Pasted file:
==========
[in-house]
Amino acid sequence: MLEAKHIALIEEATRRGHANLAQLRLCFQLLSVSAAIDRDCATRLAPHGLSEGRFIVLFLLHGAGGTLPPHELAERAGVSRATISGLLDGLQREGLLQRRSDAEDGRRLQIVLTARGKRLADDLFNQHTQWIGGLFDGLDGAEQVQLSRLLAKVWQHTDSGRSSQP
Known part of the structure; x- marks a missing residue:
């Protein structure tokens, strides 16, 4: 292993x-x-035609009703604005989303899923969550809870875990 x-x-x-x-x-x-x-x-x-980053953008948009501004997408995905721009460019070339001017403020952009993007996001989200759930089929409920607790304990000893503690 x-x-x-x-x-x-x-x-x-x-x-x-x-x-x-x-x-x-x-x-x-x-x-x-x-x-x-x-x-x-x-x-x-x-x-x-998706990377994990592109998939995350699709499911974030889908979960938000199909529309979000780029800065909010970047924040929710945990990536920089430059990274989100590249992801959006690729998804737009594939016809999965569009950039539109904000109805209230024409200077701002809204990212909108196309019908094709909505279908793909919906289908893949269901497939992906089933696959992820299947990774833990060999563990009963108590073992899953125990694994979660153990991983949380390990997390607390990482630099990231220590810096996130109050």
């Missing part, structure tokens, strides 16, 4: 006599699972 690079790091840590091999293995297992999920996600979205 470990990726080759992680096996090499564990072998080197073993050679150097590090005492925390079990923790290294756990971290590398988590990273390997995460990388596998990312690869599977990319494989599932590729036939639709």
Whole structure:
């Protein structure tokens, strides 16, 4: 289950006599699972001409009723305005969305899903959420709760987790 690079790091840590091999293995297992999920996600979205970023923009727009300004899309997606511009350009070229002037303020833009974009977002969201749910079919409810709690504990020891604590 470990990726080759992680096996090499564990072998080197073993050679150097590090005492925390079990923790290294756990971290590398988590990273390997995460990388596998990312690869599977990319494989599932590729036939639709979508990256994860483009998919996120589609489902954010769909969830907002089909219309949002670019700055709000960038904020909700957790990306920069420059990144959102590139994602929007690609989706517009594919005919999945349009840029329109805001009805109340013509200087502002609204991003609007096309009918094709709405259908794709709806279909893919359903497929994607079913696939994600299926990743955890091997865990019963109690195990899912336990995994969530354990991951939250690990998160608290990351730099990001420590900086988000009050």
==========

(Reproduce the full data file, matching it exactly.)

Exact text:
[in-house]
Amino acid sequence: MLEAKHIALIEEATRRGHANLAQLRLCFQLLSVSAAIDRDCATRLAPHGLSEGRFIVLFLLHGAGGTLPPHELAERAGVSRATISGLLDGLQREGLLQRRSDAEDGRRLQIVLTARGKRLADDLFNQHTQWIGGLFDGLDGAEQVQLSRLLAKVWQHTDSGRSSQP
Known part of the structure; x- marks a missing residue:
């Protein structure tokens, strides 16, 4: 292993x-x-035609009703604005989303899923969550809870875990 x-x-x-x-x-x-x-x-x-980053953008948009501004997408995905721009460019070339001017403020952009993007996001989200759930089929409920607790304990000893503690 x-x-x-x-x-x-x-x-x-x-x-x-x-x-x-x-x-x-x-x-x-x-x-x-x-x-x-x-x-x-x-x-x-x-x-x-998706990377994990592109998939995350699709499911974030889908979960938000199909529309979000780029800065909010970047924040929710945990990536920089430059990274989100590249992801959006690729998804737009594939016809999965569009950039539109904000109805209230024409200077701002809204990212909108196309019908094709909505279908793909919906289908893949269901497939992906089933696959992820299947990774833990060999563990009963108590073992899953125990694994979660153990991983949380390990997390607390990482630099990231220590810096996130109050």
């Missing part, structure tokens, strides 16, 4: 006599699972 690079790091840590091999293995297992999920996600979205 470990990726080759992680096996090499564990072998080197073993050679150097590090005492925390079990923790290294756990971290590398988590990273390997995460990388596998990312690869599977990319494989599932590729036939639709």
Whole structure:
């Protein structure tokens, strides 16, 4: 289950006599699972001409009723305005969305899903959420709760987790 690079790091840590091999293995297992999920996600979205970023923009727009300004899309997606511009350009070229002037303020833009974009977002969201749910079919409810709690504990020891604590 470990990726080759992680096996090499564990072998080197073993050679150097590090005492925390079990923790290294756990971290590398988590990273390997995460990388596998990312690869599977990319494989599932590729036939639709979508990256994860483009998919996120589609489902954010769909969830907002089909219309949002670019700055709000960038904020909700957790990306920069420059990144959102590139994602929007690609989706517009594919005919999945349009840029329109805001009805109340013509200087502002609204991003609007096309009918094709709405259908794709709806279909893919359903497929994607079913696939994600299926990743955890091997865990019963109690195990899912336990995994969530354990991951939250690990998160608290990351730099990001420590900086988000009050």